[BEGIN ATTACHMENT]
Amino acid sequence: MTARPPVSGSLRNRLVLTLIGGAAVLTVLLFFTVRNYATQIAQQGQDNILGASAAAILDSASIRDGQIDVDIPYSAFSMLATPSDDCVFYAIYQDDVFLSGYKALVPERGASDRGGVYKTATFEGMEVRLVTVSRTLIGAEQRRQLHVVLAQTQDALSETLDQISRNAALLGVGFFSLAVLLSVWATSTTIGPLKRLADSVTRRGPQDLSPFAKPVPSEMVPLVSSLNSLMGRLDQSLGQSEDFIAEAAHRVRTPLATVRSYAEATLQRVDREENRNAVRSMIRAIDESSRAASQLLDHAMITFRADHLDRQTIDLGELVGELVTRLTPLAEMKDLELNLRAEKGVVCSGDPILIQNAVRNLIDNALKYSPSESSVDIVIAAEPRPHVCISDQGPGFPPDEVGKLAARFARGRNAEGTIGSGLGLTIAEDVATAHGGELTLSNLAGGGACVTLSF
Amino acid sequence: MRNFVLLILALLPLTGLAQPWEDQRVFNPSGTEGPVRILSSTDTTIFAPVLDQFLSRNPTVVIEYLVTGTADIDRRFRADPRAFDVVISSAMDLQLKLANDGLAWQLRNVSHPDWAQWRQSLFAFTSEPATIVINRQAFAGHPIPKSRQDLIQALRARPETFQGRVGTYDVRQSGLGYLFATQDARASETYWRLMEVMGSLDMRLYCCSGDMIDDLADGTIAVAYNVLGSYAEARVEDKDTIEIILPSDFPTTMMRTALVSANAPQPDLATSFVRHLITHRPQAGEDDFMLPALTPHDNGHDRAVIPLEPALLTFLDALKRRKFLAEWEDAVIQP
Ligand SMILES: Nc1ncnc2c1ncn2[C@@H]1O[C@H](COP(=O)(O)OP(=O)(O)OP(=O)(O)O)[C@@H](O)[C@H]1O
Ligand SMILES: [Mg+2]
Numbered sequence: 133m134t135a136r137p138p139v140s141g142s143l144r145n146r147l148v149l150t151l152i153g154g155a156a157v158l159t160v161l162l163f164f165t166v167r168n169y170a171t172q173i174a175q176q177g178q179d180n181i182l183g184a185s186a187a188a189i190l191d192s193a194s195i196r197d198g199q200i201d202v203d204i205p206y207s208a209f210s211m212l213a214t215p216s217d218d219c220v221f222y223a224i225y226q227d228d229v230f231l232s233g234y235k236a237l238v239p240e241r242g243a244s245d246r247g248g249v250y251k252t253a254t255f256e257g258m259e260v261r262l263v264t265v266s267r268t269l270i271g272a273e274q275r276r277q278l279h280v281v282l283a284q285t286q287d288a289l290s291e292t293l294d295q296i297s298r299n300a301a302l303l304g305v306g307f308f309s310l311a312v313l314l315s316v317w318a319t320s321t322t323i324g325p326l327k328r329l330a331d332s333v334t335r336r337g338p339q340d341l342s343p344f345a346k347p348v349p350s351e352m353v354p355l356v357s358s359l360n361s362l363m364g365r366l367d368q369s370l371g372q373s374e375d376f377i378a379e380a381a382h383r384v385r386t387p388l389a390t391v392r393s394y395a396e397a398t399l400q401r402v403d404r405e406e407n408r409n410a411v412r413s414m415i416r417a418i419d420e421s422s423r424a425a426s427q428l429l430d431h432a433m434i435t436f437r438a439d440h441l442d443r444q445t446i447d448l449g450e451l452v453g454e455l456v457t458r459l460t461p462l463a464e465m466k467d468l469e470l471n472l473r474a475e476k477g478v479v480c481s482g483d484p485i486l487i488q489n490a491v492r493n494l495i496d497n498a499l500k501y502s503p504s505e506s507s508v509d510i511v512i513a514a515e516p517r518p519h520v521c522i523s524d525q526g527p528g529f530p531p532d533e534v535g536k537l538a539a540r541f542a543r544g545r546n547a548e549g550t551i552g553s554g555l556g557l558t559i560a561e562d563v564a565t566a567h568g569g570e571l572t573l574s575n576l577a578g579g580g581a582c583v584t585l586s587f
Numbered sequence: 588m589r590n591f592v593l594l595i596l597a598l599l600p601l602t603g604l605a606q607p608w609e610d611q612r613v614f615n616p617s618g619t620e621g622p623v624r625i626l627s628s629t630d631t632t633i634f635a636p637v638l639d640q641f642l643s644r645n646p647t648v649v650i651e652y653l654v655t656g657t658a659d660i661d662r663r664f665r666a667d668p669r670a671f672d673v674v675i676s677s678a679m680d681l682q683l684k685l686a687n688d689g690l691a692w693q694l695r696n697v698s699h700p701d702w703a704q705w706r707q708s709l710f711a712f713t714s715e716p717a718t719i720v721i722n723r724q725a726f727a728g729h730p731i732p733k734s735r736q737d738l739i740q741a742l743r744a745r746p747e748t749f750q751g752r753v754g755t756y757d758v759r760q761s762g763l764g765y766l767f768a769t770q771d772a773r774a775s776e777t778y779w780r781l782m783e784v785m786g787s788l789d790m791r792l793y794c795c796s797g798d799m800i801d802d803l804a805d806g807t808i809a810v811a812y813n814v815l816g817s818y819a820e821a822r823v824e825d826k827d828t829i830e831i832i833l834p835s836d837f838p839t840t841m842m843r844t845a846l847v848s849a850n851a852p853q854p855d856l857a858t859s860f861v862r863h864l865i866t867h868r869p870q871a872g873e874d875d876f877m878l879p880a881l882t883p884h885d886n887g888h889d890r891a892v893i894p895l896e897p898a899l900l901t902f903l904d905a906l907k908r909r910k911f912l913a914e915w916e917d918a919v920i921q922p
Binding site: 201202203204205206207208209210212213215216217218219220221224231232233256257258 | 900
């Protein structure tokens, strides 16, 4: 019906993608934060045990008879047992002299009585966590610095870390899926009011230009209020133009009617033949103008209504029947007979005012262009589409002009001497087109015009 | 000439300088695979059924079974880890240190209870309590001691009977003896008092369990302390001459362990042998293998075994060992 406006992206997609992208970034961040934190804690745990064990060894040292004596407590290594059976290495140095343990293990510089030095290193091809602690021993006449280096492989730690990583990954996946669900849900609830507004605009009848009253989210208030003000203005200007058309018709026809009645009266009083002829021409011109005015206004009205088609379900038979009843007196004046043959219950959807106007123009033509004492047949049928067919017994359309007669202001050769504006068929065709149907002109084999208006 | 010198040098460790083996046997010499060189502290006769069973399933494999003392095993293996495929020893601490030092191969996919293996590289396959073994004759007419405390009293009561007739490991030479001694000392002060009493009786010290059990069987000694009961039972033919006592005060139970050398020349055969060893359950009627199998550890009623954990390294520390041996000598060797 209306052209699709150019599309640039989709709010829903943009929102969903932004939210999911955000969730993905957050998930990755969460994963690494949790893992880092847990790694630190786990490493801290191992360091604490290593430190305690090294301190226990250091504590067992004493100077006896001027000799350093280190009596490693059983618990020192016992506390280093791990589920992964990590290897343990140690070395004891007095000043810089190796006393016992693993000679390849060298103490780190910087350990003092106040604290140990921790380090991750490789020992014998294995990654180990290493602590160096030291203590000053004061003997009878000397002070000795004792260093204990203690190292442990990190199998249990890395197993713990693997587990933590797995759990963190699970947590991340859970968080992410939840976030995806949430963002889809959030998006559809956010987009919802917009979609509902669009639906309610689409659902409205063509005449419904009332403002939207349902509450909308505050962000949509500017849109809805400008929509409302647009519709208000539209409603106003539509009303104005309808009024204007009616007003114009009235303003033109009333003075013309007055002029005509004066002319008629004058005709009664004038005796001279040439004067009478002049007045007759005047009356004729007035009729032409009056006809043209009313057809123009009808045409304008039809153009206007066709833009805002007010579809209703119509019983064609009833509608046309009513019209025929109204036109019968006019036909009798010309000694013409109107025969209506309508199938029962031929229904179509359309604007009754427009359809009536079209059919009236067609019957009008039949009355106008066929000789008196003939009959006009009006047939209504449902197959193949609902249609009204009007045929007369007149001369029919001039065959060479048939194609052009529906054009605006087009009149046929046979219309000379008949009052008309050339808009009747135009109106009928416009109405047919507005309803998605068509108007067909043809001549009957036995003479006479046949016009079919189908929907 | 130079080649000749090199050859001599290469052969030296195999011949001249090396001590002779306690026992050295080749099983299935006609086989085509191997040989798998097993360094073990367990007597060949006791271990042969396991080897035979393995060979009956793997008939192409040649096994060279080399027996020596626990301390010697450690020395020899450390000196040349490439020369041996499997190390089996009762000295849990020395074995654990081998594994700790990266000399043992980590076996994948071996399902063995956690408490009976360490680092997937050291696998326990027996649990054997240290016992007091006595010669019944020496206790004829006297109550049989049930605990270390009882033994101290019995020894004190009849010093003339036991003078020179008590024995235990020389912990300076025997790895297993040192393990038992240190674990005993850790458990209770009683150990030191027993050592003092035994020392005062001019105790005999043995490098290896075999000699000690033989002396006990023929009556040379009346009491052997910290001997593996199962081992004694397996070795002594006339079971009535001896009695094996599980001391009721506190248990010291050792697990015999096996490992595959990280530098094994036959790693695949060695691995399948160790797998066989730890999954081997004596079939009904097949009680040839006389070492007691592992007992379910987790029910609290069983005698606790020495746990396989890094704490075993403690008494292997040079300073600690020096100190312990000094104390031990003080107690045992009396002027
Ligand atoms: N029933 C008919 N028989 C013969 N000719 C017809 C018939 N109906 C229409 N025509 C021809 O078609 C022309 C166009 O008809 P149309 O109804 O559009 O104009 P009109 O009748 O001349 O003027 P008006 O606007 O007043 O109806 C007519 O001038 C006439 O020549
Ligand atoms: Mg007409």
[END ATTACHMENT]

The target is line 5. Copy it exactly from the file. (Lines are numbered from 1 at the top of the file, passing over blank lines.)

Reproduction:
Numbered sequence: 133m134t135a136r137p138p139v140s141g142s143l144r145n146r147l148v149l150t151l152i153g154g155a156a157v158l159t160v161l162l163f164f165t166v167r168n169y170a171t172q173i174a175q176q177g178q179d180n181i182l183g184a185s186a187a188a189i190l191d192s193a194s195i196r197d198g199q200i201d202v203d204i205p206y207s208a209f210s211m212l213a214t215p216s217d218d219c220v221f222y223a224i225y226q227d228d229v230f231l232s233g234y235k236a237l238v239p240e241r242g243a244s245d246r247g248g249v250y251k252t253a254t255f256e257g258m259e260v261r262l263v264t265v266s267r268t269l270i271g272a273e274q275r276r277q278l279h280v281v282l283a284q285t286q287d288a289l290s291e292t293l294d295q296i297s298r299n300a301a302l303l304g305v306g307f308f309s310l311a312v313l314l315s316v317w318a319t320s321t322t323i324g325p326l327k328r329l330a331d332s333v334t335r336r337g338p339q340d341l342s343p344f345a346k347p348v349p350s351e352m353v354p355l356v357s358s359l360n361s362l363m364g365r366l367d368q369s370l371g372q373s374e375d376f377i378a379e380a381a382h383r384v385r386t387p388l389a390t391v392r393s394y395a396e397a398t399l400q401r402v403d404r405e406e407n408r409n410a411v412r413s414m415i416r417a418i419d420e421s422s423r424a425a426s427q428l429l430d431h432a433m434i435t436f437r438a439d440h441l442d443r444q445t446i447d448l449g450e451l452v453g454e455l456v457t458r459l460t461p462l463a464e465m466k467d468l469e470l471n472l473r474a475e476k477g478v479v480c481s482g483d484p485i486l487i488q489n490a491v492r493n494l495i496d497n498a499l500k501y502s503p504s505e506s507s508v509d510i511v512i513a514a515e516p517r518p519h520v521c522i523s524d525q526g527p528g529f530p531p532d533e534v535g536k537l538a539a540r541f542a543r544g545r546n547a548e549g550t551i552g553s554g555l556g557l558t559i560a561e562d563v564a565t566a567h568g569g570e571l572t573l574s575n576l577a578g579g580g581a582c583v584t585l586s587f